Castles of Western Ukraine: Visiting the Lviv Golden Horseshoe Castle as a day trip from Lviv, including Zolochiv, Pidhirtsi and Olesko Castles.
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One of the things I’ve found most interesting about our time in this part of Ukraine is how surprised I’ve been by how everything looks.
Frankly, this part of the country is nothing like what I imagined Ukraine would look like, which was, in a (non)word, Sovietish.
Instead, we see art nouveau, neo-renaissance and gothic buildings, sculptures and churches when we look out the window of our Airbnb, walk to the park for an afternoon run, or wander into the old town for dinner or drinks. Somehow, Lviv was spared the fate of so many other Soviet cities, and today it doesn’t look particularly different from a smallish city anywhere in central Europe. There have been so many times when we’ve wandered down a new residential street, only to comment how much it looks like Prague.
Along the same line of thinking, I’ve enjoyed seeing with my own eyes — through the architecture, the multicultural faces, the fading signs painted in different languages on the sides of buildings all throughout town — how many times this region and its people have ‘belonged’ to different powers at different times in history. It’s one thing to read about countries changing hands over the course of history, and it’s another to see the reminders in everyday life. Coming from a young country that doesn’t have this kind of history, at least with the non-first-nations population, I find it hard to wrap my head around it until it smacks me right in the face.
A couple of weekends ago we’d had enough of the city, and decided to get out and see the “Golden Horsehoe” — a half-moon of castles in Lviv oblast (an administrative division similar to a province or state), about an hour or so out of the city. To my untrained eye, the architecture of these castles/villas could be straight out of Austria, Germany, or elsewhere in Europe.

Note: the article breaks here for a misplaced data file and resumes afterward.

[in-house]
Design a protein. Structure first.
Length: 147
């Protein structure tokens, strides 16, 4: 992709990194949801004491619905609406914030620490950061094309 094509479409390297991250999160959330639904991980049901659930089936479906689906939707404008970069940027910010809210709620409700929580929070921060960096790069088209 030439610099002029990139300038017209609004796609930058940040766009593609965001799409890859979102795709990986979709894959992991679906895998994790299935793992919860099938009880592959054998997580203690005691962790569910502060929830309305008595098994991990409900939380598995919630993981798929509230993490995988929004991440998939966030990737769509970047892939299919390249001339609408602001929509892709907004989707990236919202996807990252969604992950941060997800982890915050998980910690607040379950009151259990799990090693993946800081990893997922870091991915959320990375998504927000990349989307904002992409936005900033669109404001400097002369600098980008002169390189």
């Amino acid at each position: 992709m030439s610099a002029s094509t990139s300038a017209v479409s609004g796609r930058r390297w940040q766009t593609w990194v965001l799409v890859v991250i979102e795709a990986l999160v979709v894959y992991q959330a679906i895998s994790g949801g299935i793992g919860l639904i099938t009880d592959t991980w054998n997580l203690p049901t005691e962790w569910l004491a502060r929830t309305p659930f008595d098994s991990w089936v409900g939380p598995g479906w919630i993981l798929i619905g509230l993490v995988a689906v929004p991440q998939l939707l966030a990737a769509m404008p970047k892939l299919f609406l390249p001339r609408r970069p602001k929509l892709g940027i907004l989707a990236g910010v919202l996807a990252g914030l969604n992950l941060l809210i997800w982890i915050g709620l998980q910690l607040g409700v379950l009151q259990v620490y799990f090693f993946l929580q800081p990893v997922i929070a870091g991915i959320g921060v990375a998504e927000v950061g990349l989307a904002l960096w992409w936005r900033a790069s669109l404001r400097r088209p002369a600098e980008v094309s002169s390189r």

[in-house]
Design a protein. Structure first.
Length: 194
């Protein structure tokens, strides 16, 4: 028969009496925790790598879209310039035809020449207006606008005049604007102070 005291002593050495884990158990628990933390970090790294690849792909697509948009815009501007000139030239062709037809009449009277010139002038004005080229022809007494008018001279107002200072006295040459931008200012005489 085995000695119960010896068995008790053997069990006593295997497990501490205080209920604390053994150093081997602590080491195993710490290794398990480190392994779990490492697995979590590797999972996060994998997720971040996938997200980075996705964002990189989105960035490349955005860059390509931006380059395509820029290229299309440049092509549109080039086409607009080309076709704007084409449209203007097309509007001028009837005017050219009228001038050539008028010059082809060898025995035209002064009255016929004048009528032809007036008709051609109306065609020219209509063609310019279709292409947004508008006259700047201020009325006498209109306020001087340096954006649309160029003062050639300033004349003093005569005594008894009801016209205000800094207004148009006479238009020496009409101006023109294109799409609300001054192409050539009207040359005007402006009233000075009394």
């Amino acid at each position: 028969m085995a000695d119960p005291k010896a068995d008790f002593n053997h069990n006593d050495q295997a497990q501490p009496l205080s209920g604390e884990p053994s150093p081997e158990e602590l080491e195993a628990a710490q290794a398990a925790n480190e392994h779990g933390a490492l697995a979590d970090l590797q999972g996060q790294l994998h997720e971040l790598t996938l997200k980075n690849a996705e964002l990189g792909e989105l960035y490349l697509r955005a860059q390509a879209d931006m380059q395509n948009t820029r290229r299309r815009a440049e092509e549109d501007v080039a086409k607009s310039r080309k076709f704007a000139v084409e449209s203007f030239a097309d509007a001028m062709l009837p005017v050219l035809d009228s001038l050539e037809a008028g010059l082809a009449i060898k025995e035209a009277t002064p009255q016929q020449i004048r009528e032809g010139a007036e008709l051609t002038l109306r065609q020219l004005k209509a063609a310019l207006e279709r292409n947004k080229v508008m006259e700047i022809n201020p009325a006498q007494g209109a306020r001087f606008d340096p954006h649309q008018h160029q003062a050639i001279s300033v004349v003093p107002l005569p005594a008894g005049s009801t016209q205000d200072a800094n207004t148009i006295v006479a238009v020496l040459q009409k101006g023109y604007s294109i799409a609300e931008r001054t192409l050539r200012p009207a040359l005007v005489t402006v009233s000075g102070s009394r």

Only the small, local onion-domed churches scattering the countryside reminded me of where we were.
Are you wondering if it is safe to travel in Ukraine? Read our thoughts on the subject here!
Our first stop was Zolochiv Castle, a former residence of the Sobieski family (the eponymous vodka, which you’ve possibly had if you’ve tasted vodka in Poland, is named after the 17th C. John III of House Sobieski).
Apparently, the main castle (the yellow one, in the photos below…more like a chateau if you ask me), has a chandelier made of dinosaur bones inside.
Did we see it, you ask? Nope – we actually didn’t go inside a single castle that day. And I’m totally fine with it. Our main motivation was to get out of the city, do something a bit different from our regular weekend routine, and get out of the — frankly — nauseating traffic pollution that plagues Lviv.
We booked a tour that was 100% in Ukranian, so even if we had gone into the castle with our guide, we wouldn’t have understood a lick of it.
We were after autumn fresh countryside air and a day in the sunshine. The castles were a bonus.
From Zolochiv, we next went to Pidhirtsi / Pigirtsi (depending on the transliteration and spelling from Ukrainian) Castle, which more-or-less looks like every haunted house in every haunted house movie, ever.